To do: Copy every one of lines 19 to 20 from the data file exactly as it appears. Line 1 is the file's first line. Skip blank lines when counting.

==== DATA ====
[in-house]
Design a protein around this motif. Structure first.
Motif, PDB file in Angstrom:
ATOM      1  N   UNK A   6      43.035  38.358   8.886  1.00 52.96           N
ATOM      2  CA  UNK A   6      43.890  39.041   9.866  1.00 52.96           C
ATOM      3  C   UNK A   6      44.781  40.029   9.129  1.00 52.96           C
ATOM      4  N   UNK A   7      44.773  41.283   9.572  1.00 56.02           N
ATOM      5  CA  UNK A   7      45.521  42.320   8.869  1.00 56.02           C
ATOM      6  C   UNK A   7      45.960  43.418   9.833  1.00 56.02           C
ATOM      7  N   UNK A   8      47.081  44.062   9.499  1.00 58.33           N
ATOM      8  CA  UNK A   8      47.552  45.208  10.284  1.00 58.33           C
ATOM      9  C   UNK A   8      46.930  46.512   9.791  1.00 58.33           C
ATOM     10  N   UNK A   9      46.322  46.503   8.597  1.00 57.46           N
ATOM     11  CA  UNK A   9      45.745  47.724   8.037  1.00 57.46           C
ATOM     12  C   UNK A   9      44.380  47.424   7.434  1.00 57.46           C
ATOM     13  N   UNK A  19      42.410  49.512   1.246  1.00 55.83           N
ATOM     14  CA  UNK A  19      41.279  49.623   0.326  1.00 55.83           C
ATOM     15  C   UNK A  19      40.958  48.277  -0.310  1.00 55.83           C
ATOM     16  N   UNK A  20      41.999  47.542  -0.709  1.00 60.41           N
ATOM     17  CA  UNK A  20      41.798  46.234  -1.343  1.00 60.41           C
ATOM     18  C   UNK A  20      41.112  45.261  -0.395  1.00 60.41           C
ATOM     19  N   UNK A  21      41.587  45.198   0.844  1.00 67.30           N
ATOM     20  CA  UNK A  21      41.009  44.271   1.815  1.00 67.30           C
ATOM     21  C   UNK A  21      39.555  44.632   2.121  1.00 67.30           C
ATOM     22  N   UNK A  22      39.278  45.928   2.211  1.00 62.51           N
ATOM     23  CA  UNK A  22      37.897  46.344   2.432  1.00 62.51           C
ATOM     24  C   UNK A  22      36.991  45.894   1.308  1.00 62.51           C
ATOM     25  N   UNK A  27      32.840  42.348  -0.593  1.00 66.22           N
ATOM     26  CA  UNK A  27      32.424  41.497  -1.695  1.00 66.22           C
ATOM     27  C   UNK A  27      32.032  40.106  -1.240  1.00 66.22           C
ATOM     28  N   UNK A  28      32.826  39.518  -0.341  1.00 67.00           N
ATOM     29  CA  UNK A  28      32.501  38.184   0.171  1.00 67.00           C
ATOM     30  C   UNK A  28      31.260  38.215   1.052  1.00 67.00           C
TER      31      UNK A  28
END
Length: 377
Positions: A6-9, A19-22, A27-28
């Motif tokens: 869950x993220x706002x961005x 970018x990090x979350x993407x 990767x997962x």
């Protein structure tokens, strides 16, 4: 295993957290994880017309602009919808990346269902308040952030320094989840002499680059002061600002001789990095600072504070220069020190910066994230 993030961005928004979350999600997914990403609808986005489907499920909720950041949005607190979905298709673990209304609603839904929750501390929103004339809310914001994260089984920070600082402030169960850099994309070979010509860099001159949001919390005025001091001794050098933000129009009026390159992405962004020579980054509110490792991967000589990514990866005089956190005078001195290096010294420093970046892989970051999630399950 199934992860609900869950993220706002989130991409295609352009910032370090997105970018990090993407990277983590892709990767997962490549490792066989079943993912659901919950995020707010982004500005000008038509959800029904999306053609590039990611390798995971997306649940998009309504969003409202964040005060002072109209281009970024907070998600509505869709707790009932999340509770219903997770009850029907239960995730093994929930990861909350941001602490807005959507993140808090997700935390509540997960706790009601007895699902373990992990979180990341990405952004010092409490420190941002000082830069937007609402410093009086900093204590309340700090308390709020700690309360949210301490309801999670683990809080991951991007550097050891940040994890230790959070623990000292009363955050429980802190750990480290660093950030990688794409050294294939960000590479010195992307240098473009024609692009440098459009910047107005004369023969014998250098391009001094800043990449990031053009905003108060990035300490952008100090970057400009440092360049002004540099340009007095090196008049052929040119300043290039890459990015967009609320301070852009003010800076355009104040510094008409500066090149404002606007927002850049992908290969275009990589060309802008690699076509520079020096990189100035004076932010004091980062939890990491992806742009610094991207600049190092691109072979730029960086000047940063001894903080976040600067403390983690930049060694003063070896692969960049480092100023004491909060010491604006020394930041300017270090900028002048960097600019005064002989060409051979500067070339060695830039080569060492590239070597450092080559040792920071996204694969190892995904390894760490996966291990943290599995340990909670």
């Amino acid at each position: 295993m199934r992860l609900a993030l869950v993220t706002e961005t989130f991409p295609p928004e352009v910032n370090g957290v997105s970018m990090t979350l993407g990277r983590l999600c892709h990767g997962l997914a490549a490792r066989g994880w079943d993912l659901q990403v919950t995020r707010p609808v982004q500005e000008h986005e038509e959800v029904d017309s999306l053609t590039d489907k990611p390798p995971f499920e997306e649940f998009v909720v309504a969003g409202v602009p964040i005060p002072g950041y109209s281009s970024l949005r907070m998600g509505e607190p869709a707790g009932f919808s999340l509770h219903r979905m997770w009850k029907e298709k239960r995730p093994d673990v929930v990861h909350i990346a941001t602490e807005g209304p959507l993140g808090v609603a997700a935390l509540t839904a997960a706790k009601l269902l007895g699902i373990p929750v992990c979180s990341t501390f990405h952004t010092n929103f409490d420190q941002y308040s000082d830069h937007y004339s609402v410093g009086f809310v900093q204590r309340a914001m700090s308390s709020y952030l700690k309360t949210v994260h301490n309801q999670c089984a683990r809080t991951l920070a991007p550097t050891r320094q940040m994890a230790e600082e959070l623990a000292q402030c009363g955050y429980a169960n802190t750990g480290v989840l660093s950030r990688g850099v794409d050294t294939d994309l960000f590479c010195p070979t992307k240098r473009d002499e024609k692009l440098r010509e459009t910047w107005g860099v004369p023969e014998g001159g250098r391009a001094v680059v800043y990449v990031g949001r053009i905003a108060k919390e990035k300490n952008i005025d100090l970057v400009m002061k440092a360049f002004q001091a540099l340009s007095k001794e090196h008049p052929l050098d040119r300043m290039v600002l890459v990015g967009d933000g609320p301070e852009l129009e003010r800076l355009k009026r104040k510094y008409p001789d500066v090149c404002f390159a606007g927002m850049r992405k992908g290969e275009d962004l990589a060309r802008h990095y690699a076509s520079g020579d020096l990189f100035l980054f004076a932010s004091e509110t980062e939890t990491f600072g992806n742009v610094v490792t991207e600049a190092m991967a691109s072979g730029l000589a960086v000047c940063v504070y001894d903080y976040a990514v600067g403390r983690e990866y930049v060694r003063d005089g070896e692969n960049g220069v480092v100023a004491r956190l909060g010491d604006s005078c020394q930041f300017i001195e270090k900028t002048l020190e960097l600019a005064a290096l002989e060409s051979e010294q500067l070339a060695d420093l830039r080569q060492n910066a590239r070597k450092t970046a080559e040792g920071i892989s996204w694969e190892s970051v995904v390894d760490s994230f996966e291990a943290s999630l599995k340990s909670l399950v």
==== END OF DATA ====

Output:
ATOM     16  N   UNK A  20      41.999  47.542  -0.709  1.00 60.41           N
ATOM     17  CA  UNK A  20      41.798  46.234  -1.343  1.00 60.41           C